This Midwestern State Wants to Be Carbon-Free by 2050
It's their best defense against floods, heatwaves and a stagnant economy
Late last year, southwest Wisconsin took 20 inches of rain in 15 days. It was more than the area often gets in six months, and it led to some disastrous flooding. Homes were destroyed by six-foot river swells, lakeside developments (in lands that use to soak up floodwaters, no less), did their ill-prepared best to stop the onslaught, and crucial state institutions, like the University of Wisconsin-Madison, took on heaps of water. In a cruelly ironic twist, UW’s lab that studies lakes was flooded.
This year, meanwhile, America’s Dairyland has experienced heat waves usually reserved for Southern states like Alabama and South Carolina. It’s a common news alert at this point — states dealing with life-changing natural disasters — but Wisconsin is the first in the Midwest to decide it’s had enough. Governor Tony Evers signed an executive order into law last Friday that mandates the state go carbon-free by 2050. It joins California, Hawaii, New York and Washington (while Minnesota seems close) on the list of states looking to achieve that goal, and of those four, is the only state President Donal Trump won in the 2016 election.
Evers, a Democrat, assumed office this past January with a clear intention to affect climate policy. After the Republican-led state legislature tried to trim the budget, and box out a potential clean energy office, Evers decided to issue the executive order. Order #38 establishes an Office of Sustainability and Clean Energy in Wisconsin, which will set new energy efficient standards for state agencies, encourage the growth of jobs in wind and solar, and training business and communities across the state to encourage energy saving.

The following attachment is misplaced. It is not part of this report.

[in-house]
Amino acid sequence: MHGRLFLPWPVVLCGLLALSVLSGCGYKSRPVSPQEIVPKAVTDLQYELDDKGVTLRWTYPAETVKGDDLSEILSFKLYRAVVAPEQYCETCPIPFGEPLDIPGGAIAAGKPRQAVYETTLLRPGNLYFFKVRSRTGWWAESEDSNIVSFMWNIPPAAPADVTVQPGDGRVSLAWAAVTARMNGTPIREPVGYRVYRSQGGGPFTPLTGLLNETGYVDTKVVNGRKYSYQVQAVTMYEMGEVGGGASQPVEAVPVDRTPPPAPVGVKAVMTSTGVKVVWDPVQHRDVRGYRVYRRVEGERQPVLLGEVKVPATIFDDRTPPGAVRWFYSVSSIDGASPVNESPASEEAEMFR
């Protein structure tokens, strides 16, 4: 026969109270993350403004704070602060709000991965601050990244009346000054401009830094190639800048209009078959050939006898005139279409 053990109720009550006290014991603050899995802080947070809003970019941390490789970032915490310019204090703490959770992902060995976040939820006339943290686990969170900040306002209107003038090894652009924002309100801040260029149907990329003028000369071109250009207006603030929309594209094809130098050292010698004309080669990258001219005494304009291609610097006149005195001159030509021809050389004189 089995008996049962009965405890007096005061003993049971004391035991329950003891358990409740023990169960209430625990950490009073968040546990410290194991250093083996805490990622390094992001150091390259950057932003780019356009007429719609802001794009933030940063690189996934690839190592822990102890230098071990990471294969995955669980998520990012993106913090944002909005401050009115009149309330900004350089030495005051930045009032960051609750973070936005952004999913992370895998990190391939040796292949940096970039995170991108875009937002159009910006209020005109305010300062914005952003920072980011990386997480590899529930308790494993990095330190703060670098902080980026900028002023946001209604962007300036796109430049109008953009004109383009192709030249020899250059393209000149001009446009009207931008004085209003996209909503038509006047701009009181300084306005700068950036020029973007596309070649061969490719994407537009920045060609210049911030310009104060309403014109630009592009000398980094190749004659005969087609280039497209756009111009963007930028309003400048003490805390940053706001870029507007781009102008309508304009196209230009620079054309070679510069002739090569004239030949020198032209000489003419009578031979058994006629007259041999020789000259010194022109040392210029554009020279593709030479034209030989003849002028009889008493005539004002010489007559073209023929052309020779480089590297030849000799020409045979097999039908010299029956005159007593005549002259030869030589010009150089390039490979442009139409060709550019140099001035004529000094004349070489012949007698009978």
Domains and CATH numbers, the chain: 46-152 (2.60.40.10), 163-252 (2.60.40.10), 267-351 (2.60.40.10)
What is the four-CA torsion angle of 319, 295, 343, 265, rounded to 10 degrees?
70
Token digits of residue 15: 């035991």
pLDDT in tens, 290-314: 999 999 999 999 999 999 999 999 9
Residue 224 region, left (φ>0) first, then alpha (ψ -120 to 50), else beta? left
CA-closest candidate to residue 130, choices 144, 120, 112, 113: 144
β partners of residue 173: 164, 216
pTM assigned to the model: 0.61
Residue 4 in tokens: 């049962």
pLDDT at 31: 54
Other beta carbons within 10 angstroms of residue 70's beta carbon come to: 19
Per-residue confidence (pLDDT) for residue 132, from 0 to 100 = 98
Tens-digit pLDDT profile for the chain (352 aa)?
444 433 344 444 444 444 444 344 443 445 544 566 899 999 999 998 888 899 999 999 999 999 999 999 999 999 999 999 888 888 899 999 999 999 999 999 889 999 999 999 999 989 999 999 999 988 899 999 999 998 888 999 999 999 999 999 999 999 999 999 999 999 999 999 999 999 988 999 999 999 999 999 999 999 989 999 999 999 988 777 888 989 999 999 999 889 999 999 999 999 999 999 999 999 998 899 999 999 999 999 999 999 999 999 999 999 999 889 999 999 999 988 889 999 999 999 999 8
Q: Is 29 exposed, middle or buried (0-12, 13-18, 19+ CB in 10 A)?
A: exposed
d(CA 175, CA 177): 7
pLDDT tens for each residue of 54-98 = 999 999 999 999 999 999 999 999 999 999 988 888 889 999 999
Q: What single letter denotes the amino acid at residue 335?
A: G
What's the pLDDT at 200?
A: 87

This sort of plan will do wonders for the economy in Wisconsin. Energy efficiency is inevitable; decades from now it will be an abject necessity, so getting ahead of the curve is both a good look for … survival, and a great way to become a leader in the industry. States that double down on crippling fossil fuels (like, say, Ohio, which just bailed out two nuclear plants and two coal plants), instead of exploring innovations in wind, sun, geothermal, wood pellets and biomass, are simply going to be left behind.
As for what carbon free will actually look like? You might not have to wait until 2020 to see it in action. Copenhagen is nearly there, and thinks it can do it (or at least be 95 percent carbon free) as early as 2025. It’s tempting to view that city as a fairyland of windmills and cycling lanes, an un-replicable bubble that doesn’t have relevance to the States. But the city is substantial, with a population of almost 800k people; it’s managed to build out renewable sources that will see an average Danish couple save $600 on energy fees every year, and has increased its economic growth by 25% in the last 20 years.
Bottom line: this is doable, no matter where you live, and congrats to Wisconsin for getting on the train early.
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